The Worker

U.S. communists must choose: build an anti-imperialist united front, or align with the insular modern “left”

The strategy of the united front has always been instrumental to the task of winning power, and has always been superior to the modern American left’s default strategy of acting like only others within the “left” are worth reaching out to. Frederick Douglas and his movement achieved abolition by creating an anti-slavery power coalition; the Bolsheviks came to power due to their having worked in reactionary trade unions; the Panthers brought racist working class whites to anti-racism via outreach to them. Again and again, it’s proven that being insular is not the way to be effective. And with the political realignment that the United States population has been undergoing, the insular way of operating has become more foolish than ever.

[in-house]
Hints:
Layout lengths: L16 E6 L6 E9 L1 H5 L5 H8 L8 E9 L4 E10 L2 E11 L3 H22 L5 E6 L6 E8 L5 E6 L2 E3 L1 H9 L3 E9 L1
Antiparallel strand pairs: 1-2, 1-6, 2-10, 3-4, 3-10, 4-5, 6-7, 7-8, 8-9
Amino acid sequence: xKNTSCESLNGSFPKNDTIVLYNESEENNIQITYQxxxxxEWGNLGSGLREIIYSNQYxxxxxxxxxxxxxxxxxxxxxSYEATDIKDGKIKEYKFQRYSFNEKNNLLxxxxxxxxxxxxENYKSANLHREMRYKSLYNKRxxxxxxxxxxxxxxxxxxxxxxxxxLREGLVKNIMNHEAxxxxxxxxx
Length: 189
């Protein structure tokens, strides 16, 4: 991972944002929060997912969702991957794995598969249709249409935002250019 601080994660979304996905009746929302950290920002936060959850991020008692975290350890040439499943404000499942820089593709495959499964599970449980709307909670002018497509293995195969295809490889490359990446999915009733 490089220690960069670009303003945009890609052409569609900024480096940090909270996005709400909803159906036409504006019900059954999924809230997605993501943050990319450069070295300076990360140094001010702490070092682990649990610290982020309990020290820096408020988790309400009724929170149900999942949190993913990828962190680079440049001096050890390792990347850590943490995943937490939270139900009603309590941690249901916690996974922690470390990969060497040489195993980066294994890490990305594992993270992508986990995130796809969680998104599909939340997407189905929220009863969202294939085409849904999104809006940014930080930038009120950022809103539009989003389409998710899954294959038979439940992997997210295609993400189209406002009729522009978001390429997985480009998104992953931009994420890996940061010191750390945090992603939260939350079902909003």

This is a realignment where the country’s conservatives have increasingly become antiwar, unfortunately in contrast to how those who consider themselves on the left have become increasingly aligned with pro-imperialist views. We first saw clear evidence of this when throughout 2018, surveyors asked conservatives and liberals how they felt about the USA’s foreign military involvement, and the former group was where the most opposition to this practice could be found. What made this notable was how by that point, these wars which so many conservatives disliked had clearly gone from being Obama’s wars to being Trump’s wars; the antiwar conservatives felt this way not for momentary partisan reasons, but because they were overall becoming more hostile towards the idea of America inserting itself into global affairs. This makes it unsurprising that the left, due to its own failures on anti-imperialism and the liberal embrace of the “Russiagate” psyop, is now overall less enthusiastic to challenge NATO than conservatives are.